Quantum computing chip shrunk to a thousandth the size possible before

Transistors shrinking have brought them down to the nanometer scale, but qubits are trailing behind in the millimeters, until now.

Published Wed, Dec 1 2021 6:00 AM CST   |   Updated Tue, Dec 21 2021 9:11 PM CST

These days, transistors in classical computers are measured on the nanometer scale, but superconducting qubits used in quantum are still measured in millimeters.

Quantum computing chip shrunk to a thousandth the size possible before 01 | TweakTown.com

Qubits exist in an infinite gradation of binary states, and for quantum computers to excel, their qubits need to be on the same wavelength. Traditionally, this has been a size-constrained issue, leading to massive processors and quantum computers. Much like shrinking transistors in classical computers, a way to shrink qubits will be necessary to make quantum computing more viable in the future.

Wang Fong-Jen Professor James Hone's lab at Columbia Engineering has recently collaborated with Raytheon BBN Technologies to shrink qubits by shrinking the capacitors used to power them. Planar capacitors have been used previously, but stacking them to save space would result in interference from the metals used with the qubits.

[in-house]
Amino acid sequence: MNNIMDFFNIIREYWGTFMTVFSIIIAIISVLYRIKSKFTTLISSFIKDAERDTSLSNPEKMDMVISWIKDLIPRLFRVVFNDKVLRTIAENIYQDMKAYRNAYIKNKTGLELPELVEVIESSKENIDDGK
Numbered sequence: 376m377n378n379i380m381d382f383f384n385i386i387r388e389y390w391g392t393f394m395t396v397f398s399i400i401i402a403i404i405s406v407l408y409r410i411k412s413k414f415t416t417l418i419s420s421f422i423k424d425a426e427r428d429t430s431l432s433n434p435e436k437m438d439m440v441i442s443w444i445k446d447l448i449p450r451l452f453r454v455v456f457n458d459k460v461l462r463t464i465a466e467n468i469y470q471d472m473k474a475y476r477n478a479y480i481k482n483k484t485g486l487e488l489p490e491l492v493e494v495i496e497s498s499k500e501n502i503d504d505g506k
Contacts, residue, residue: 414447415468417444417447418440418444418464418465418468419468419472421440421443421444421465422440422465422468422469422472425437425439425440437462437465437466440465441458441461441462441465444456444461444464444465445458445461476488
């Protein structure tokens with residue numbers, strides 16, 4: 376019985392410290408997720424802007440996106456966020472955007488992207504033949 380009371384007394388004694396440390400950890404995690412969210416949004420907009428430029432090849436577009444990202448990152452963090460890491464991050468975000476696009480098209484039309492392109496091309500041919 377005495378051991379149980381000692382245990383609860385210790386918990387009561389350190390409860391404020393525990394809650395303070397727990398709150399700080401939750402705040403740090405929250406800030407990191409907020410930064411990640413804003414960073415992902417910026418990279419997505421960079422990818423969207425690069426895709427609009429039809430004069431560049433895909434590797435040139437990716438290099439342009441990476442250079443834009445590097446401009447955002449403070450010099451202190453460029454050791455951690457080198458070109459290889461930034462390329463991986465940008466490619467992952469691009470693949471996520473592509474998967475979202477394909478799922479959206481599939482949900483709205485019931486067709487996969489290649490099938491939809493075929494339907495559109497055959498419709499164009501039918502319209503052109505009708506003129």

Instead, Hone's Ph.D. students Abhinandan Antony and Anjaly Rajendra used boron nitride as an insulating layer between two charged plates made from superconducting niobium diselenide. Each layer is only an atom thick, held together with weak van der Waals forces between the electrons. Combining these capacitors with aluminum circuits, the team created a chip containing two qubits only 109 square micrometers in area and 35 nanometers thick, a one thousand-fold smaller than conventionally produced quantum chips.

"We now know that 2D materials may hold the key to making quantum computers possible. It is still very early days, but findings like these will spur researchers worldwide to consider novel applications of 2D materials. We hope to see a lot more work in this direction going forward," Hone said.

You can read more from the study here.

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NEWS SOURCES:phys.org, doi.org

Adam grew up watching his dad play Turok 2 and Age of Empires on a PC in his computer room, and learned a love for video games through him. Adam was always working with computers, which helped build his natural affinity for working with them, leading to him building his own at 14, after taking apart and tinkering with other old computers and tech lying around. Adam has always been very interested in STEM subjects, and is always trying to learn more about the world and the way it works.

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